Muslims in Europe believe hateful posts online targeting Muslims are as dangerous as public attacks, according to a study by the Council of Europe on Tuesday.
Daniel Holtgen, special Representative on anti-Semitic, anti-Muslim and other forms of religious intolerance and hate crimes, said it is a dangerous development.
He shared outcomes at a news conference of the latest study conducted with Muslim associations in eight different European countries including France, the UK and Germany and said, death threats, calls for violence against Muslims, and abusive language do not fall into the category of “freedom of speech/thought.”
‘Everything that is prohibited in public life should also be banned’ online
“Everything that is prohibited in public life should also be banned on the internet. This also applies to other forms of discrimination and racism,” he said.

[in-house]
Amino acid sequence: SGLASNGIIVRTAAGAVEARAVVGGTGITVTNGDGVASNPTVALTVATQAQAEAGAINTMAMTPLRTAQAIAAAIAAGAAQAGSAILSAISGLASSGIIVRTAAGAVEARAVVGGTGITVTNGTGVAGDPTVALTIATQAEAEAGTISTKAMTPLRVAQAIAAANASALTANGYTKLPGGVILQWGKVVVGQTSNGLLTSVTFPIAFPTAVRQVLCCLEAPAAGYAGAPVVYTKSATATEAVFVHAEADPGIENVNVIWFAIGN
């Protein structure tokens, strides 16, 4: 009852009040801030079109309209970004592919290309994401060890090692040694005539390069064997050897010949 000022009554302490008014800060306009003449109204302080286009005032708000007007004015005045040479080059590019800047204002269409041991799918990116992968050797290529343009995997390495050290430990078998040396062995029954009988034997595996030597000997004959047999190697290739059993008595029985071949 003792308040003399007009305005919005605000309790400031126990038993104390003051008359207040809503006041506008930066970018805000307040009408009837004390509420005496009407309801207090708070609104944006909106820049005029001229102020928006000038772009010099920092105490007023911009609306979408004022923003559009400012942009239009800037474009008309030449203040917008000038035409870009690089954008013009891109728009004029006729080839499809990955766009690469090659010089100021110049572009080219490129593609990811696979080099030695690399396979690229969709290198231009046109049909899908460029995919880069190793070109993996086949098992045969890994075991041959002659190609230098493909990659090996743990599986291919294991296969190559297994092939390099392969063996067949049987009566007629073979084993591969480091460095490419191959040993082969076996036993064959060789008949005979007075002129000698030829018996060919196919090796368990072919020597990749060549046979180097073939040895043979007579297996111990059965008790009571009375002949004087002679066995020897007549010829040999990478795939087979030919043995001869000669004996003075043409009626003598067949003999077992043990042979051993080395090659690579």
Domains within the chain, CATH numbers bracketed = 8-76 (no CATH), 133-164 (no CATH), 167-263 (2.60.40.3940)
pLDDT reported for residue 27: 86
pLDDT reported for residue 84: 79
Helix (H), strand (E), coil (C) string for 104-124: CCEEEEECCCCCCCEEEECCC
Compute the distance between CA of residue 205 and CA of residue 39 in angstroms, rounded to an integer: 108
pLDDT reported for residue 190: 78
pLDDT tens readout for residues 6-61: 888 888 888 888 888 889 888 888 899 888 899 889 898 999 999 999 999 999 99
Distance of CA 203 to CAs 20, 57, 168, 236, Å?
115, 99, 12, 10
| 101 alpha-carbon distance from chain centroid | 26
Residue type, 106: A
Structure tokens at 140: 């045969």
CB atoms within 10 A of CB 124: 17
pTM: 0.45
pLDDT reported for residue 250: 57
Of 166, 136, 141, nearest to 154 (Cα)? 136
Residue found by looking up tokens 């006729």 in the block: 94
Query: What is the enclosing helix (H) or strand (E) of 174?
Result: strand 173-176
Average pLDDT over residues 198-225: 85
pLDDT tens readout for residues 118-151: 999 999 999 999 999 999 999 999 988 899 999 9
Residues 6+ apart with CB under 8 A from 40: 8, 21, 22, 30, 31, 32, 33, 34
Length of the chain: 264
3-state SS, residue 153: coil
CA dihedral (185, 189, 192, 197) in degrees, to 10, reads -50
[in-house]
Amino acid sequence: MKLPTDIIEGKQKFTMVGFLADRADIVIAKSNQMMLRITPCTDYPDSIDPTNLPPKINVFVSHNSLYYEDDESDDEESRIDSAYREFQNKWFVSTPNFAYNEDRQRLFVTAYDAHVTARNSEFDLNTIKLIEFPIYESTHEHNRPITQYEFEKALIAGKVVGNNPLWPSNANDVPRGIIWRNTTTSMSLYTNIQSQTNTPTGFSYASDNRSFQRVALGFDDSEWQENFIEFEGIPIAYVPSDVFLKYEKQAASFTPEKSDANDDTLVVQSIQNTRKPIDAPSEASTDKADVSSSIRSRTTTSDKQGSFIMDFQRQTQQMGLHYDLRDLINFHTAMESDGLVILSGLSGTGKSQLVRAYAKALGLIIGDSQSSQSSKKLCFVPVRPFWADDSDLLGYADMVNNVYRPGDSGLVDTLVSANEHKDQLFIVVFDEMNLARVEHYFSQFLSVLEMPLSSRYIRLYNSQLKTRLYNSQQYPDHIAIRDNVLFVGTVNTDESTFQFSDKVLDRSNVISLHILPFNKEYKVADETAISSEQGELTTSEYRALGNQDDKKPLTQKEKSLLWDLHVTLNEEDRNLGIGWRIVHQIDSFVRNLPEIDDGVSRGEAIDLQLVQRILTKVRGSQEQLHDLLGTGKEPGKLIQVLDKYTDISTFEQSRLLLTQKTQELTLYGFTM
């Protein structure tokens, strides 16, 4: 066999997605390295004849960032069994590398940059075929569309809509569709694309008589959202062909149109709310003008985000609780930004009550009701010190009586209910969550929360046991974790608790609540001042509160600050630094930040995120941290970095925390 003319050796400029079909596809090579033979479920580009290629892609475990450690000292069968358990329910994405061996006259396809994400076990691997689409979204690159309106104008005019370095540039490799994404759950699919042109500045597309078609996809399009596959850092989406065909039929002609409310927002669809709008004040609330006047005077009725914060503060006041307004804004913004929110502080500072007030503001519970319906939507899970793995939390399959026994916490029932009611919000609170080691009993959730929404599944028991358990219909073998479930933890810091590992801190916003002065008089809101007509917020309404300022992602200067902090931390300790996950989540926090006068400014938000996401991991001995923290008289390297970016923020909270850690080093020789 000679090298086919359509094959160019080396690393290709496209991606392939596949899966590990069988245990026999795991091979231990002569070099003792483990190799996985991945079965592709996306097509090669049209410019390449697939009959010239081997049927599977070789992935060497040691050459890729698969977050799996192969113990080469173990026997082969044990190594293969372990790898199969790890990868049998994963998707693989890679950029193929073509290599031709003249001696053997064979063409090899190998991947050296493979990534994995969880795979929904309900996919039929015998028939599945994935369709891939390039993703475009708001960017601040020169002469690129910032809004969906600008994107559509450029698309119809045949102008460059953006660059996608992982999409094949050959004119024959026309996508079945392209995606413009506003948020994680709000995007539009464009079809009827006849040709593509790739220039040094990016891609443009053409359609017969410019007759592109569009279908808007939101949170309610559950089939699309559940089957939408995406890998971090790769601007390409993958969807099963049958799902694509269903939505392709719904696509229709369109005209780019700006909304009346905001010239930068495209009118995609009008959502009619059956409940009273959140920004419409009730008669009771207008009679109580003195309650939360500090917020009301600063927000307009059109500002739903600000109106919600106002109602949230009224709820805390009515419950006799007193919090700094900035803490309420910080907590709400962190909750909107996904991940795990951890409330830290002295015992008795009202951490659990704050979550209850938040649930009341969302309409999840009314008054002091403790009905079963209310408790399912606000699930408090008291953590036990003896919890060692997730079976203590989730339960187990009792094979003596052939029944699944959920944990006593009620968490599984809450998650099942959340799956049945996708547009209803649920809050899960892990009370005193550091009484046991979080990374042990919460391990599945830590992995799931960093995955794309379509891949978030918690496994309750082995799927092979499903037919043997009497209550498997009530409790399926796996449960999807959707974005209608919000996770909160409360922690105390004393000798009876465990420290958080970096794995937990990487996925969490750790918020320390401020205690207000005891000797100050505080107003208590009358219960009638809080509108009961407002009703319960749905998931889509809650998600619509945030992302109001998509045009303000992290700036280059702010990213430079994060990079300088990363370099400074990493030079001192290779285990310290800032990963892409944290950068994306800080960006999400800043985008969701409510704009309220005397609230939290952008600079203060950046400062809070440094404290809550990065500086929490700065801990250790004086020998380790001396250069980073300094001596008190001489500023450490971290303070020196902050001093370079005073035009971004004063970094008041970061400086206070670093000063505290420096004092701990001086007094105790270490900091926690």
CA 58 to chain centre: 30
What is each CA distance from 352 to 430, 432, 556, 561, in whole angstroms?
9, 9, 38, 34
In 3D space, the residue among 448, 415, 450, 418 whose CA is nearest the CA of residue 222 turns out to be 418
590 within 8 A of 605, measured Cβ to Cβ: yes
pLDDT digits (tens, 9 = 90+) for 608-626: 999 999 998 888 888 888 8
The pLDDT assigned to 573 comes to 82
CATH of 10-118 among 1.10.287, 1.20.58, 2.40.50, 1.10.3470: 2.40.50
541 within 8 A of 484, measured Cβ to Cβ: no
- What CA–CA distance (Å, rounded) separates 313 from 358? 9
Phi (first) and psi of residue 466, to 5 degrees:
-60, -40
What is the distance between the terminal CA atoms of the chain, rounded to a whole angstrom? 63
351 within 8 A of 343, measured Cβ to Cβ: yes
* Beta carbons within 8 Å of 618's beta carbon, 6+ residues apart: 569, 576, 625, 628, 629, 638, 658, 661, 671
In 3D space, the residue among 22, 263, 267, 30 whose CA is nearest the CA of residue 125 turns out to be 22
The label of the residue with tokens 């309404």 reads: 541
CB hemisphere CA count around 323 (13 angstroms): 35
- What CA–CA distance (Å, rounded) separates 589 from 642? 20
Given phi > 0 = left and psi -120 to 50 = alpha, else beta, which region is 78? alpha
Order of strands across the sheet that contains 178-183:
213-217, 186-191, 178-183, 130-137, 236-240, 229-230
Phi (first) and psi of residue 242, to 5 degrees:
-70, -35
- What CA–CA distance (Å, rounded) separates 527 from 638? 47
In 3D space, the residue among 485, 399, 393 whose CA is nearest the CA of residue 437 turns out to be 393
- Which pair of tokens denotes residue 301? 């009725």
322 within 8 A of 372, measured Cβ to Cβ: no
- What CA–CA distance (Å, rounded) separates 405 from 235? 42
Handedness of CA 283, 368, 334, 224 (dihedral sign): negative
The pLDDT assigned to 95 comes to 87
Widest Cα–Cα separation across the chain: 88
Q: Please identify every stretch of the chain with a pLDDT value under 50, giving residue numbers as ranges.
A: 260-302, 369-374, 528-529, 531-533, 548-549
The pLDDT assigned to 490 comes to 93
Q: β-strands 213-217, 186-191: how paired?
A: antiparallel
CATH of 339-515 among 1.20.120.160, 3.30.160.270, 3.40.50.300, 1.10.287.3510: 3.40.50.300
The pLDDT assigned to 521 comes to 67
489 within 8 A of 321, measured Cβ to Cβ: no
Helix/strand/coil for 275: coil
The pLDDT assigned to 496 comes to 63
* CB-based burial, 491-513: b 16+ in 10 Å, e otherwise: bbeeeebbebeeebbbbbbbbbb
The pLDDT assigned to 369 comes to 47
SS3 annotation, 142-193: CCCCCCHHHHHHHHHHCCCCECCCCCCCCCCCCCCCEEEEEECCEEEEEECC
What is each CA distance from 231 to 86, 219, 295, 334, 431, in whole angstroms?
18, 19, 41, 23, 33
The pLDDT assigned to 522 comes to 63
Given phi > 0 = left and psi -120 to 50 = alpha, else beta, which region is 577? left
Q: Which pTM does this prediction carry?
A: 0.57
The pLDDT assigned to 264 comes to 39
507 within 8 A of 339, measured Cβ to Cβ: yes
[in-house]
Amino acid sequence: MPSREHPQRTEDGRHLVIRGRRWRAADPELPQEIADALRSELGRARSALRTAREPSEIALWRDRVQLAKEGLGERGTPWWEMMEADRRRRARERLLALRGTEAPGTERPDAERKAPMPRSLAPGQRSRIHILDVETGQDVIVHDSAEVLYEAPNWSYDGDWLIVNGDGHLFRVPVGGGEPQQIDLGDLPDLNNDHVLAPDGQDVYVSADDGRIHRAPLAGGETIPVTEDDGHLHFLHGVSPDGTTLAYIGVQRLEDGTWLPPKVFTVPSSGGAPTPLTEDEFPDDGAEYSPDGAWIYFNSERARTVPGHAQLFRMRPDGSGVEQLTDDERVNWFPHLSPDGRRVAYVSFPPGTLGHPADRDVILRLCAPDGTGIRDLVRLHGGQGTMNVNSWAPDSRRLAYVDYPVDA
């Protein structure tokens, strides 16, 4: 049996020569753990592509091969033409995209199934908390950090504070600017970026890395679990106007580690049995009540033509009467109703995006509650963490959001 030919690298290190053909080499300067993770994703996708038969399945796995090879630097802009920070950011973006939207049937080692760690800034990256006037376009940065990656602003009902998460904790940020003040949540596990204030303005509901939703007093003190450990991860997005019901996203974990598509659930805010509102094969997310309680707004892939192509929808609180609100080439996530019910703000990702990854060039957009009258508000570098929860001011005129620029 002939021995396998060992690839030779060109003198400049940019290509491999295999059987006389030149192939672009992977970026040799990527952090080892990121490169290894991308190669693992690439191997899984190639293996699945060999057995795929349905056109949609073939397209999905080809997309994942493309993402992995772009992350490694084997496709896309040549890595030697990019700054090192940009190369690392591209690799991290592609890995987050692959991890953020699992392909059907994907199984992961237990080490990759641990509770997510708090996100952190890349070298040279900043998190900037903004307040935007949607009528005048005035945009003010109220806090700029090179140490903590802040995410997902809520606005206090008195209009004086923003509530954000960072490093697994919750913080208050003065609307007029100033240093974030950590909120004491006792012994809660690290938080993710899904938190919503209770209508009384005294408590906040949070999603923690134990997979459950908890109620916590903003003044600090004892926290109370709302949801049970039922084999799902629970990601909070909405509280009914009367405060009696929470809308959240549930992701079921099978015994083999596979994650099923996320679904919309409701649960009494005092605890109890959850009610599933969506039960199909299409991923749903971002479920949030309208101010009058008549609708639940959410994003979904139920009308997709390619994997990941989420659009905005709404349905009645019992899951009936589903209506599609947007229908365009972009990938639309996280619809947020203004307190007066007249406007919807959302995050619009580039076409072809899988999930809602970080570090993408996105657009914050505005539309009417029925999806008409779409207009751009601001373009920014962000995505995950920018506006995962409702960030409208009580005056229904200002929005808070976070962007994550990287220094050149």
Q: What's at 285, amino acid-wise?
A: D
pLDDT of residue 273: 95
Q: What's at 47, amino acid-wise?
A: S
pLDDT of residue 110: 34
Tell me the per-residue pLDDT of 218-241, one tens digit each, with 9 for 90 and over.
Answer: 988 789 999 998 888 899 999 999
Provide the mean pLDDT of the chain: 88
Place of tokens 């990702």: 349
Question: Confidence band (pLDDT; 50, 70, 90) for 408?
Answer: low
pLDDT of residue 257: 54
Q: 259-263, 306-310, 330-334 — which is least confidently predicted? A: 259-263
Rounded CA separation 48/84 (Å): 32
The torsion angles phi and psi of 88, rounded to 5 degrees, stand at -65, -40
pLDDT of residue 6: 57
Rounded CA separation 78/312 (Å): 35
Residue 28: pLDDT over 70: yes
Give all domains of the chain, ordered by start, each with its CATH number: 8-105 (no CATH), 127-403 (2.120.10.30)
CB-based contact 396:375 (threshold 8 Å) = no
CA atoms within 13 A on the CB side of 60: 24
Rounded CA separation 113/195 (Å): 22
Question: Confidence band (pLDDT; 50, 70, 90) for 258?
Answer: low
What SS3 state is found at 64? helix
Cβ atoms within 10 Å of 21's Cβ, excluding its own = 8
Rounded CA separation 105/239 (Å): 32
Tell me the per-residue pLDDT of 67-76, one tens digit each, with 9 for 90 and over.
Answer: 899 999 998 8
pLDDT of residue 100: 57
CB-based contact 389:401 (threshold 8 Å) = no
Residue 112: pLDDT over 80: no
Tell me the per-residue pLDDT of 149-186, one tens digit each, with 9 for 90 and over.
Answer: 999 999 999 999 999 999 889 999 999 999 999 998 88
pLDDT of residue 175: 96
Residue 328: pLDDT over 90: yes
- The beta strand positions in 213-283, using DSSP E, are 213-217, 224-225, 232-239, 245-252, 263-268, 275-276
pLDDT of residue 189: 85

Holtgen said posts are mostly shared anonymously but the number of users who share openly has recently increased.
Victims of online abuse do not report it to authorities because they do not know where to do it and they believe nothing will happen to abusers if they do, he said.
Muslim associations complain about the lack of protection from state institutions and think that it is because of their insufficient recording of events, he said.
Holtgen also said it is necessary to be more sensitive about anti-Muslim hatred and the Council of Europe’s Commission Against Racism and Intolerance (ECRI) will prepare a report on the issue at the beginning of 2022.